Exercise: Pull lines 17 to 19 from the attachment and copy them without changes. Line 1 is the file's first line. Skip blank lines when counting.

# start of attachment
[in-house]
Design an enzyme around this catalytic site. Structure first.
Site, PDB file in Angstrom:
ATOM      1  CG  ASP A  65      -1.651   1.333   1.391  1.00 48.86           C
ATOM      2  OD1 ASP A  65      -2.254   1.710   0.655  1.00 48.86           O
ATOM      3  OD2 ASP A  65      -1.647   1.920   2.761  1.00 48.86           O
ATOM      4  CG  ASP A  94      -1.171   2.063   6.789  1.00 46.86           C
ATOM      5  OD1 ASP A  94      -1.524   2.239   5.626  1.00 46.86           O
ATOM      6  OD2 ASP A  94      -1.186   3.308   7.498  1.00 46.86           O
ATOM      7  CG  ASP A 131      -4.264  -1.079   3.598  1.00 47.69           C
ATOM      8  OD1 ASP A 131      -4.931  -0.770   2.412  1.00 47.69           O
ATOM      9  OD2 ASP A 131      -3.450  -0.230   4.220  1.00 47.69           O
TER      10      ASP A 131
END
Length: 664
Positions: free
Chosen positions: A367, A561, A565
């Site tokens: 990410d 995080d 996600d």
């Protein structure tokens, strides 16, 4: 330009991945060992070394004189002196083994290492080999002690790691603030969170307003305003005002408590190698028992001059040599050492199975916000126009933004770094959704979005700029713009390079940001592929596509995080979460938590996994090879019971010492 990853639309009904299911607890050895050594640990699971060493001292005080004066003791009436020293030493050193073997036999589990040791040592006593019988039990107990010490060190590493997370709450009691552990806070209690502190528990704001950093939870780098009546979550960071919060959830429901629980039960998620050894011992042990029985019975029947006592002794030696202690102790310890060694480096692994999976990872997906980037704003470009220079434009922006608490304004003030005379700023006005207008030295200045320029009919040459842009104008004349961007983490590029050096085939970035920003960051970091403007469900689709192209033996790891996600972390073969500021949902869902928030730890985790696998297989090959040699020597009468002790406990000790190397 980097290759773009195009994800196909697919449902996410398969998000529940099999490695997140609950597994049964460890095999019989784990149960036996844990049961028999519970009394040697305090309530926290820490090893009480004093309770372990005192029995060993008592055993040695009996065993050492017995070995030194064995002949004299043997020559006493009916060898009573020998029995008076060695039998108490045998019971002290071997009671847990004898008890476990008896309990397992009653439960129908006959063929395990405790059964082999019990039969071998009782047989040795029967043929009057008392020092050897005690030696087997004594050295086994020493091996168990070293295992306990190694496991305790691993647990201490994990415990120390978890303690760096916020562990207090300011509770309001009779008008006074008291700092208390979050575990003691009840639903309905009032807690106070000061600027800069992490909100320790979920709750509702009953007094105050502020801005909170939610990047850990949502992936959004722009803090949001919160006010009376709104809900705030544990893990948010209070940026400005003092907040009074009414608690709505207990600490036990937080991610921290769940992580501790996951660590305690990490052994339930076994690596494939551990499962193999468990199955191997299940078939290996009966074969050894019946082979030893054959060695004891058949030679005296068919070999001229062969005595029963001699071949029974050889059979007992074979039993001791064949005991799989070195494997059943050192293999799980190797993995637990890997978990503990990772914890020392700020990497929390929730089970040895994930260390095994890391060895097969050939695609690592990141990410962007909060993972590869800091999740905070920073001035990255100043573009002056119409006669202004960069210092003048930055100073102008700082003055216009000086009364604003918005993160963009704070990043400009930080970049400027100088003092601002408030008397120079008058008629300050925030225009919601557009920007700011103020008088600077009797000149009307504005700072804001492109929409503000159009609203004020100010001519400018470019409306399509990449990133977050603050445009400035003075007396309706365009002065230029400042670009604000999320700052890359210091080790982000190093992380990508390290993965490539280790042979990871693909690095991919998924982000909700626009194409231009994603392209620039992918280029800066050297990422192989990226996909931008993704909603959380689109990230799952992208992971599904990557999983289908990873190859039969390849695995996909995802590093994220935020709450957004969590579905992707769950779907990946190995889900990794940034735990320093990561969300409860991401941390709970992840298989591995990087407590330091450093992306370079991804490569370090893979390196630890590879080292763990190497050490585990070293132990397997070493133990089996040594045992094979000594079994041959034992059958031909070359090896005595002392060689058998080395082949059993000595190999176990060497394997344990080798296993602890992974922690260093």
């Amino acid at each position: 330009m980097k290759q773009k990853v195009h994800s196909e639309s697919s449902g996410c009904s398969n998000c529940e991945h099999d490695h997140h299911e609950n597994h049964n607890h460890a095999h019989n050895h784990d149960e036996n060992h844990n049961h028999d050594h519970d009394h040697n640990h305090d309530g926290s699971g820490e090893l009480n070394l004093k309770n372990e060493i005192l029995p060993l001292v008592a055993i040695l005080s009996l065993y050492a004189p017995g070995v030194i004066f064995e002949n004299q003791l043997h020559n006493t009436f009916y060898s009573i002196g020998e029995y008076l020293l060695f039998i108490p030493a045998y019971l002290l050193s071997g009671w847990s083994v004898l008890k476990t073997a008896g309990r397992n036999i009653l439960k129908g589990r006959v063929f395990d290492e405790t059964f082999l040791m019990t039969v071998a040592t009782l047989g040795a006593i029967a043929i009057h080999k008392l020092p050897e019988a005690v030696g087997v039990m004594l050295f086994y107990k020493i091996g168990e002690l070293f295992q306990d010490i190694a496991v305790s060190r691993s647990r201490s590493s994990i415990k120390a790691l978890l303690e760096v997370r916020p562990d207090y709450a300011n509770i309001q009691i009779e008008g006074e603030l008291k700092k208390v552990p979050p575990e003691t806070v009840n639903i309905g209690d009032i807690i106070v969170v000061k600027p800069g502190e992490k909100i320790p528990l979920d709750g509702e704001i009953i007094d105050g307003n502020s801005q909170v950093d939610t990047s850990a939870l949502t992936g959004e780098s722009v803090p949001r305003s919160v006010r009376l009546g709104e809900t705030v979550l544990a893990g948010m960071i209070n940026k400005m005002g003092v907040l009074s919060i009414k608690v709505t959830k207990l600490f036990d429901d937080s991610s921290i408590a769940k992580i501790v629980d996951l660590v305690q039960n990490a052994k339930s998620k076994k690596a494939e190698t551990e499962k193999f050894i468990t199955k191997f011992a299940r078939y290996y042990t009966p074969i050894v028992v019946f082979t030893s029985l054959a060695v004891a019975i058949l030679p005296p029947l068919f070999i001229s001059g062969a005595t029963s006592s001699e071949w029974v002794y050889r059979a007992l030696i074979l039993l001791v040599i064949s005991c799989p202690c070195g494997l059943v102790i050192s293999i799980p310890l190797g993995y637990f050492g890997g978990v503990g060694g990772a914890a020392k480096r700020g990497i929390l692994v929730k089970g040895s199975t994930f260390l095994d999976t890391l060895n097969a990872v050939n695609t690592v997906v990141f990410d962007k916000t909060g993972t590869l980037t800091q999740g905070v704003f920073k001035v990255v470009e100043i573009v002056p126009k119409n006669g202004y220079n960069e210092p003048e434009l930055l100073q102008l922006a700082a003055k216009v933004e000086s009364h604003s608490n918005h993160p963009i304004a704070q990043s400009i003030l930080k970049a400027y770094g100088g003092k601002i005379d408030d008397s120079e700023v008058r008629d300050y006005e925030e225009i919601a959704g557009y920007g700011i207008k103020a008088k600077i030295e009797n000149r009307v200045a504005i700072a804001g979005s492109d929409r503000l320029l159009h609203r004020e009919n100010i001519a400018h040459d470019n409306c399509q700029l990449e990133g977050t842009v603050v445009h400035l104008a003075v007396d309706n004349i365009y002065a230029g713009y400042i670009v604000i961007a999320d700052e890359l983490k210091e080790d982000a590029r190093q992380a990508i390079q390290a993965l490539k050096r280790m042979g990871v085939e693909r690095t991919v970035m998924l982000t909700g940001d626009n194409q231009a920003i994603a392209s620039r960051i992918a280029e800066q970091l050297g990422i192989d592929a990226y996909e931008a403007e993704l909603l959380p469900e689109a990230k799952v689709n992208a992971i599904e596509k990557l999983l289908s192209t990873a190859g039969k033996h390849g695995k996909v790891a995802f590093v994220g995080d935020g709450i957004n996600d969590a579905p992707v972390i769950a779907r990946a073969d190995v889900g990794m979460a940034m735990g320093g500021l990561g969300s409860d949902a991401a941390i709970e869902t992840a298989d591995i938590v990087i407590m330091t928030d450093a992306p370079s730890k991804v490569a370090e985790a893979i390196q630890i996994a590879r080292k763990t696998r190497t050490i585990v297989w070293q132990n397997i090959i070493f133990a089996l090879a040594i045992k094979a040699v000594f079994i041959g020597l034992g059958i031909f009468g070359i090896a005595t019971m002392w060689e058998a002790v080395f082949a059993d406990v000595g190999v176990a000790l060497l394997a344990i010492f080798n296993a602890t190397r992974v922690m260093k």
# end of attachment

Chosen positions: A367, A561, A565
């Site tokens: 990410d 995080d 996600d």
């Protein structure tokens, strides 16, 4: 330009991945060992070394004189002196083994290492080999002690790691603030969170307003305003005002408590190698028992001059040599050492199975916000126009933004770094959704979005700029713009390079940001592929596509995080979460938590996994090879019971010492 990853639309009904299911607890050895050594640990699971060493001292005080004066003791009436020293030493050193073997036999589990040791040592006593019988039990107990010490060190590493997370709450009691552990806070209690502190528990704001950093939870780098009546979550960071919060959830429901629980039960998620050894011992042990029985019975029947006592002794030696202690102790310890060694480096692994999976990872997906980037704003470009220079434009922006608490304004003030005379700023006005207008030295200045320029009919040459842009104008004349961007983490590029050096085939970035920003960051970091403007469900689709192209033996790891996600972390073969500021949902869902928030730890985790696998297989090959040699020597009468002790406990000790190397 980097290759773009195009994800196909697919449902996410398969998000529940099999490695997140609950597994049964460890095999019989784990149960036996844990049961028999519970009394040697305090309530926290820490090893009480004093309770372990005192029995060993008592055993040695009996065993050492017995070995030194064995002949004299043997020559006493009916060898009573020998029995008076060695039998108490045998019971002290071997009671847990004898008890476990008896309990397992009653439960129908006959063929395990405790059964082999019990039969071998009782047989040795029967043929009057008392020092050897005690030696087997004594050295086994020493091996168990070293295992306990190694496991305790691993647990201490994990415990120390978890303690760096916020562990207090300011509770309001009779008008006074008291700092208390979050575990003691009840639903309905009032807690106070000061600027800069992490909100320790979920709750509702009953007094105050502020801005909170939610990047850990949502992936959004722009803090949001919160006010009376709104809900705030544990893990948010209070940026400005003092907040009074009414608690709505207990600490036990937080991610921290769940992580501790996951660590305690990490052994339930076994690596494939551990499962193999468990199955191997299940078939290996009966074969050894019946082979030893054959060695004891058949030679005296068919070999001229062969005595029963001699071949029974050889059979007992074979039993001791064949005991799989070195494997059943050192293999799980190797993995637990890997978990503990990772914890020392700020990497929390929730089970040895994930260390095994890391060895097969050939695609690592990141990410962007909060993972590869800091999740905070920073001035990255100043573009002056119409006669202004960069210092003048930055100073102008700082003055216009000086009364604003918005993160963009704070990043400009930080970049400027100088003092601002408030008397120079008058008629300050925030225009919601557009920007700011103020008088600077009797000149009307504005700072804001492109929409503000159009609203004020100010001519400018470019409306399509990449990133977050603050445009400035003075007396309706365009002065230029400042670009604000999320700052890359210091080790982000190093992380990508390290993965490539280790042979990871693909690095991919998924982000909700626009194409231009994603392209620039992918280029800066050297990422192989990226996909931008993704909603959380689109990230799952992208992971599904990557999983289908990873190859039969390849695995996909995802590093994220935020709450957004969590579905992707769950779907990946190995889900990794940034735990320093990561969300409860991401941390709970992840298989591995990087407590330091450093992306370079991804490569370090893979390196630890590879080292763990190497050490585990070293132990397997070493133990089996040594045992094979000594079994041959034992059958031909070359090896005595002392060689058998080395082949059993000595190999176990060497394997344990080798296993602890992974922690260093």